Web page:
Thursday, 23 November 2017

My Cousin Rachel - The Film Review

I pre-ordered the DVD of My Cousin Rachel months ago because the film is based on one of my favourite stories ever that I had read way before the new film (because there are two old ones too for the same story) came into being. In order not to lengthen this post and keep it confined to criticism, I am attaching a link to another article of mine about this same film and corresponding book for those that would like a brief intro to the story in question.

My copy of the DVD arrived recently and despite my rough timetable managed to fit it in to watch in the same month that it arrived, which is a first for this past year or so!!

Imagine my disbelief then when I sat down to watch the first half and was quite disappointed! Though it really is unfair of me to judge the film by the book when I last read the book long years ago. And yet I get the feeling that the very idea that I would still find Rachel Weisz' interpretation of Cousin Rachel lacking means that her book counterpart was all the more strong. Then again, I will say right now that when I watched the second half of the film on a subsequent day the interpretation was much more spot on so I can only assume that it was a character build-up happening. By the end Weisz made a convincing contrary Rachel just like the personality in the book.

Seeing as we are talking about the character analysis let me go on to the character of Philip, which I believe was delightedly played by the ever-impressive Sam Claflin. Yes, I do know that as a fan I will always be more prejudiced towards singing his praises than pointing him out as lacking. However in this film he truly leaves no room to comment negatively. For those who might have seen this film and hated him without having read the book, may I say that he is as nauseatingly childish and ever-changing in the text as Claflin makes him out to be. He might turn twenty-five in the course of the story, but a very childish twenty-five-year-old he makes. Maybe he was right and needed the love of a woman to really grow up.

One thing else I must commend about this film is the colour scheme - contrasting as it is between Philip's 'dusty' pale and warmly coloured scenes and Rachel's own dark and bold blues and black, including her clothes and rooms. Surely for dramatic effect, when Rachel invites a companion to keep her company, she turns up in bright pink that strongly clashes with Rachel's world, probably to show just how out of place even Rachel believed her to be, pointing out the obvious that Rachel did not really want her around other than to make Philip back off.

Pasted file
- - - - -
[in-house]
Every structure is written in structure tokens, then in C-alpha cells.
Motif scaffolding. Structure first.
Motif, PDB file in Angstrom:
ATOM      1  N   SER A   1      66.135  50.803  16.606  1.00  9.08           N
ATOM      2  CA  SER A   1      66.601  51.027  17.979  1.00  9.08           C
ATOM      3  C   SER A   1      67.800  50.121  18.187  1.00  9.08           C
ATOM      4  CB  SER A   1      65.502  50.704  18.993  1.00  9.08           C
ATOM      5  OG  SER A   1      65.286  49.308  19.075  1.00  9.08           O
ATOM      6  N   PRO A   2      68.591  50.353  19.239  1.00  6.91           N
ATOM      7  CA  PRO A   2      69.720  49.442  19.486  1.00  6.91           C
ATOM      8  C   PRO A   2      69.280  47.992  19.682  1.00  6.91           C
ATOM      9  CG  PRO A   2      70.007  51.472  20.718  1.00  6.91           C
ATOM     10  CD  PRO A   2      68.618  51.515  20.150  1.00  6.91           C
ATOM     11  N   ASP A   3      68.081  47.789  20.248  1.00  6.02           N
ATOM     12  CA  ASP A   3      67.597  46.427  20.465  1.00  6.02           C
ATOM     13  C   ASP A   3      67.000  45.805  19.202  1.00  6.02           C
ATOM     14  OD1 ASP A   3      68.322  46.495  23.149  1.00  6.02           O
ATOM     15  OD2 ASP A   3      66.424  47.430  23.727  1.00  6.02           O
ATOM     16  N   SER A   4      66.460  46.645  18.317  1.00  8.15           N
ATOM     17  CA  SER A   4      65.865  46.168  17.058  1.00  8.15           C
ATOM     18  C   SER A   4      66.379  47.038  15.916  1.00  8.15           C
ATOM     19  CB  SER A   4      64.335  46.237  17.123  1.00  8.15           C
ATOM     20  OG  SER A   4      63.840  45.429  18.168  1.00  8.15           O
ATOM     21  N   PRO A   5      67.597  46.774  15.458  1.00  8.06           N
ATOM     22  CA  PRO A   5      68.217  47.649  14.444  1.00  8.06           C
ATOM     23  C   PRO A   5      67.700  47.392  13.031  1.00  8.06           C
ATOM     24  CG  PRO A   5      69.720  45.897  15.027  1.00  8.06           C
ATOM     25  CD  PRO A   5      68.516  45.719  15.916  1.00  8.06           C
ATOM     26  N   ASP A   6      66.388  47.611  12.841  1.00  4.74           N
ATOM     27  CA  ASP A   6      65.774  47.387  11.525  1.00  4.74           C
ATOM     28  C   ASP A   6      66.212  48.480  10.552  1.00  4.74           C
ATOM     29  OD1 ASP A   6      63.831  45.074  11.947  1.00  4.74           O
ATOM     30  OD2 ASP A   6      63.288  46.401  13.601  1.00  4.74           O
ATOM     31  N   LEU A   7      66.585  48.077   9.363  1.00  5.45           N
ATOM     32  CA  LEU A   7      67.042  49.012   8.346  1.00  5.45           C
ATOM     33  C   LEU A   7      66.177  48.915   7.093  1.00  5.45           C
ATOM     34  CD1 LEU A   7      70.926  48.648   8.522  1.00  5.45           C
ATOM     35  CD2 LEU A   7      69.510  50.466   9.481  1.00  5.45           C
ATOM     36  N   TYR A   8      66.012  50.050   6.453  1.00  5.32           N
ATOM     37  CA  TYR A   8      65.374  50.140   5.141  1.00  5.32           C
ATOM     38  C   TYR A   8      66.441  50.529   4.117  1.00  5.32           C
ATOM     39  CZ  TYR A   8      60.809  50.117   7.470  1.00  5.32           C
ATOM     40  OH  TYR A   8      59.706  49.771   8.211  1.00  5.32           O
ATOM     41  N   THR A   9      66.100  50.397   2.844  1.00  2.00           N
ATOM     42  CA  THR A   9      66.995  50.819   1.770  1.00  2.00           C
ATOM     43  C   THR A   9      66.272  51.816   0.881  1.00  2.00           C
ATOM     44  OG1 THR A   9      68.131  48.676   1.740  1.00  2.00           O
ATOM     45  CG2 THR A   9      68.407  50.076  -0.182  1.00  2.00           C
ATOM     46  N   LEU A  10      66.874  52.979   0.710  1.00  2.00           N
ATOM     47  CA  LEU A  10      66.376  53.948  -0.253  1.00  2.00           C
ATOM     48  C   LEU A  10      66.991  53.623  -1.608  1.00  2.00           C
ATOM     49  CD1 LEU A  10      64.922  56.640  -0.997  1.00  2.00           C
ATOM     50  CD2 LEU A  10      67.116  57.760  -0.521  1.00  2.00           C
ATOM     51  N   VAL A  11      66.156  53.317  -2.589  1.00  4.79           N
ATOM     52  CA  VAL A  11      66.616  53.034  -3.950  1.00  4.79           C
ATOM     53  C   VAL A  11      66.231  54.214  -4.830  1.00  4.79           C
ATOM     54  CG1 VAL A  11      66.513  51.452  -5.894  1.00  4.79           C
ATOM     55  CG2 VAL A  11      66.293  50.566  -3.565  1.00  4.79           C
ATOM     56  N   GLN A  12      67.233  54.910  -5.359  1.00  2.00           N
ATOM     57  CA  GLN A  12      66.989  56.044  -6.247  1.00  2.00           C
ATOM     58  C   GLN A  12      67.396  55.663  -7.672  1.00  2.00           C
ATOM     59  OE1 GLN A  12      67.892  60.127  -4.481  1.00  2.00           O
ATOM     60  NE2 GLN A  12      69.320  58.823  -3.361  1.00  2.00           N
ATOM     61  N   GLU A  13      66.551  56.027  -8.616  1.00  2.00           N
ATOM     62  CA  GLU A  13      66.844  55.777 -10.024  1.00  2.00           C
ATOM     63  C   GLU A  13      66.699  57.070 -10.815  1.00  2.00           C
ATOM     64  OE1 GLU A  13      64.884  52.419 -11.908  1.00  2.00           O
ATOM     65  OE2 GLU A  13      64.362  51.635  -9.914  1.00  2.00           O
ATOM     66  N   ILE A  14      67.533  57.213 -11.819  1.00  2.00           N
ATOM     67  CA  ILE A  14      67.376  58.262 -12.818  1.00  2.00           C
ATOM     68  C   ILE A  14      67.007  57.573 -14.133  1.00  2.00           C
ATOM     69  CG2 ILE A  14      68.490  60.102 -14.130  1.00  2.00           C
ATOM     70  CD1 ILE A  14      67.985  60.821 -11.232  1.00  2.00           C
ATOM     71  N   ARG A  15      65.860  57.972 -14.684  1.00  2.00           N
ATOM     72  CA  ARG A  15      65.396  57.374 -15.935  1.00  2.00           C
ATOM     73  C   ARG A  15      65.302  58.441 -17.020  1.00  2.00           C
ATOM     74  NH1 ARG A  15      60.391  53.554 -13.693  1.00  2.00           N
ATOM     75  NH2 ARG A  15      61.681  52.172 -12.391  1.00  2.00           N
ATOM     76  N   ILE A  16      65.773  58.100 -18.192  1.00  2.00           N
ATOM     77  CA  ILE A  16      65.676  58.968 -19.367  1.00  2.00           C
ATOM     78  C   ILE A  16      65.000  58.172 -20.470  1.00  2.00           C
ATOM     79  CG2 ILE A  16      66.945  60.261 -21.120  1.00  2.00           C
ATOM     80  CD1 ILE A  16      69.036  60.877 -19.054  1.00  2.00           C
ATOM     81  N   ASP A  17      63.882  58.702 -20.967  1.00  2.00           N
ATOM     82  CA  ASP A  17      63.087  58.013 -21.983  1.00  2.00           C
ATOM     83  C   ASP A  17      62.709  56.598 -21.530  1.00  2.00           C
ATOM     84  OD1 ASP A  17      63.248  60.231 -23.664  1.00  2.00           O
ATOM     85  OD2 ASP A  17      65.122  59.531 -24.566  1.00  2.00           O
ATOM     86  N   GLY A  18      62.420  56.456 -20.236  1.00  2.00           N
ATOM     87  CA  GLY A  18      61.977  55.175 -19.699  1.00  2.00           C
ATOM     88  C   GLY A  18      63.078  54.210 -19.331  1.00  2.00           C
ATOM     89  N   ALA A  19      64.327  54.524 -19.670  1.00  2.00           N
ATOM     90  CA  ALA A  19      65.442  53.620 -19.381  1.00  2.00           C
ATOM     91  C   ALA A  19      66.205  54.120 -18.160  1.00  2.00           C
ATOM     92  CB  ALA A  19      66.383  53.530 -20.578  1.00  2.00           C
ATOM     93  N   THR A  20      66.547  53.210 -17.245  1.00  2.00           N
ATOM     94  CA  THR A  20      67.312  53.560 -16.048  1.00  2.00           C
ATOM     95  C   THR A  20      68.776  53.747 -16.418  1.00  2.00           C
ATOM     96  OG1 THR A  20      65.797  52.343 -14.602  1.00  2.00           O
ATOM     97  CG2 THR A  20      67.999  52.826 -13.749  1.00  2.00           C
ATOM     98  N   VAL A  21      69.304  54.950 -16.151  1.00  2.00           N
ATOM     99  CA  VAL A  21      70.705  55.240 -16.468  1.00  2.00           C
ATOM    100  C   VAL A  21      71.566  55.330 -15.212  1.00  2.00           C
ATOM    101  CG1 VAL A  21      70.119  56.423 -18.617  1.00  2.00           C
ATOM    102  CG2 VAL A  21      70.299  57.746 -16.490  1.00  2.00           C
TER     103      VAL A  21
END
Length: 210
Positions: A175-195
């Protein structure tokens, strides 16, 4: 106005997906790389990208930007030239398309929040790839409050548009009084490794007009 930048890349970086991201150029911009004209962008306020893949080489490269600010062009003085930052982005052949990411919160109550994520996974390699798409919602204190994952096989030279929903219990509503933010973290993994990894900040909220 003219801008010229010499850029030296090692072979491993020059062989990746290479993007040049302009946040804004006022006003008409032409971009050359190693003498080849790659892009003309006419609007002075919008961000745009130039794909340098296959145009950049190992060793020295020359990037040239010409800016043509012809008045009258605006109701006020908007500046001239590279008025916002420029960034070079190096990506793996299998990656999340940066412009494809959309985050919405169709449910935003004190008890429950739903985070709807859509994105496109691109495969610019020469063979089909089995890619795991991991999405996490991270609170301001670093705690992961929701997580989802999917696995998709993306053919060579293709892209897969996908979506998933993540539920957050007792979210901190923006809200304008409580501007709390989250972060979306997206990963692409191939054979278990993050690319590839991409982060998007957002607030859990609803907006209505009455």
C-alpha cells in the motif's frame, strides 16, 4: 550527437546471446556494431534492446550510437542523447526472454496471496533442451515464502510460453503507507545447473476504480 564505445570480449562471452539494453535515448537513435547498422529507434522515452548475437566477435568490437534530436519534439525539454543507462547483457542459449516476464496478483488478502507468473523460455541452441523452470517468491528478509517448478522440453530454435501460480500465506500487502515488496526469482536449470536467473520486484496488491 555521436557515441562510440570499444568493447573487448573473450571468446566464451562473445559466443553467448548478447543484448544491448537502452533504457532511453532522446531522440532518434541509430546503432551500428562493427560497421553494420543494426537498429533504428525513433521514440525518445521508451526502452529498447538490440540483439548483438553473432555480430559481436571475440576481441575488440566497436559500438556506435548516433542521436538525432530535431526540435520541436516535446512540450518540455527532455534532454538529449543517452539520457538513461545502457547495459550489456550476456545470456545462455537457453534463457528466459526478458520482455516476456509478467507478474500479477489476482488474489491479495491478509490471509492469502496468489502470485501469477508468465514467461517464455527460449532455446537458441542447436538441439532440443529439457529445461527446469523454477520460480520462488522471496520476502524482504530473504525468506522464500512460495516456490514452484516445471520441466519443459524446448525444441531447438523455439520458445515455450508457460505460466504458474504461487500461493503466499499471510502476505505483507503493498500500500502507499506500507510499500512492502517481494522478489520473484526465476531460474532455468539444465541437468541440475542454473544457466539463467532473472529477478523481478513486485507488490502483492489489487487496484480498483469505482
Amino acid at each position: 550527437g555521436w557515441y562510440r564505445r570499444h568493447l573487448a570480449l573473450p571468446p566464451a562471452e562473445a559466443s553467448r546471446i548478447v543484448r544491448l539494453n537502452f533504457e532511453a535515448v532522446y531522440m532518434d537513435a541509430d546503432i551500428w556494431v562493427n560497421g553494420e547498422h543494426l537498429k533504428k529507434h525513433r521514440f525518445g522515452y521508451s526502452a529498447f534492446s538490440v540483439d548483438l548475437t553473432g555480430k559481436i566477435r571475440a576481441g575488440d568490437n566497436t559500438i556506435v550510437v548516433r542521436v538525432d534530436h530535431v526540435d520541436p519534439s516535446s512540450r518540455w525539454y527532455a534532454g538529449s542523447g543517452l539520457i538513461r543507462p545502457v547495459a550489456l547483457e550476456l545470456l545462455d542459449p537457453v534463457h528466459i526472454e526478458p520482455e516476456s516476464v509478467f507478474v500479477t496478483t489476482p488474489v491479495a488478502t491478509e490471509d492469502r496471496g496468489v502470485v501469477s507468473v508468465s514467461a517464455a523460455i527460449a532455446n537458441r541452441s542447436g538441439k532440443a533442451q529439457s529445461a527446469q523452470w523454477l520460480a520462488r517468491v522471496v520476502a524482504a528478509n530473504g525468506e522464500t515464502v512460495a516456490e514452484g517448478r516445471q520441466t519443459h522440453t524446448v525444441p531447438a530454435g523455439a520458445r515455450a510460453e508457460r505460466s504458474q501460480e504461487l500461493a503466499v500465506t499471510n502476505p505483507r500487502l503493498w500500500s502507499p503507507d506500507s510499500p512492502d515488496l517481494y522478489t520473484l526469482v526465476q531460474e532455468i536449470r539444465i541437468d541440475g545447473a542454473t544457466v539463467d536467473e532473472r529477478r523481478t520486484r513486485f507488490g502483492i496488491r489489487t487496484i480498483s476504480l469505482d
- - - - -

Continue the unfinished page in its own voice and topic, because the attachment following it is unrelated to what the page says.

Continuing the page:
A last point I will make for today is that the ending is, despite similar to the original story, slightly changed. In a way a film should always have some differences in order to stand out, as well as that some scenes might be simpler to set up and shoot than ones mentioned in a book. After all, a writer has poetic license even in conjuring up places that do not exist and which might be difficult to find or set up in real life. Therefore I will mention more amusingly than pityingly that for those of us who have read the book before viewing this masterpiece (for a masterpiece it turns out to be by the time the credits roll up), the sunken garden mentioned more than once in the course of the book has been changed to a cliffside. It still works wonderfully for the final scene and in the trailer I quite thought they had left this detail unchanged in fact.

I am not yet done with my thoughts on the film and the story in general. However I do not want to ramble on unnecessarily and would rather dedicate another future entry on here to another facet of my analysis - the very famous Did she, or did she not?

Saturday, 11 November 2017

Management at Home
For quite a while when I was still young, I dreamt of becoming a hotel manager. Strategy games are the only ones I ever played when it comes to the digital world. I started my own magazine when I was just fourteen years old with the help of a partner before she opted out and eventually in Upper Sixth I became the editor for the Sixth Form chart newspaper.

For me, it was always about Management.

I never did become a hotel manager and I barely ever play The Sims any more and no other strategy game apart from that. I still have my own blog and write professionally but I cannot pretend to be the editor of anything but my own works at this point in time. However, I still seem to be a manager of sorts in my life.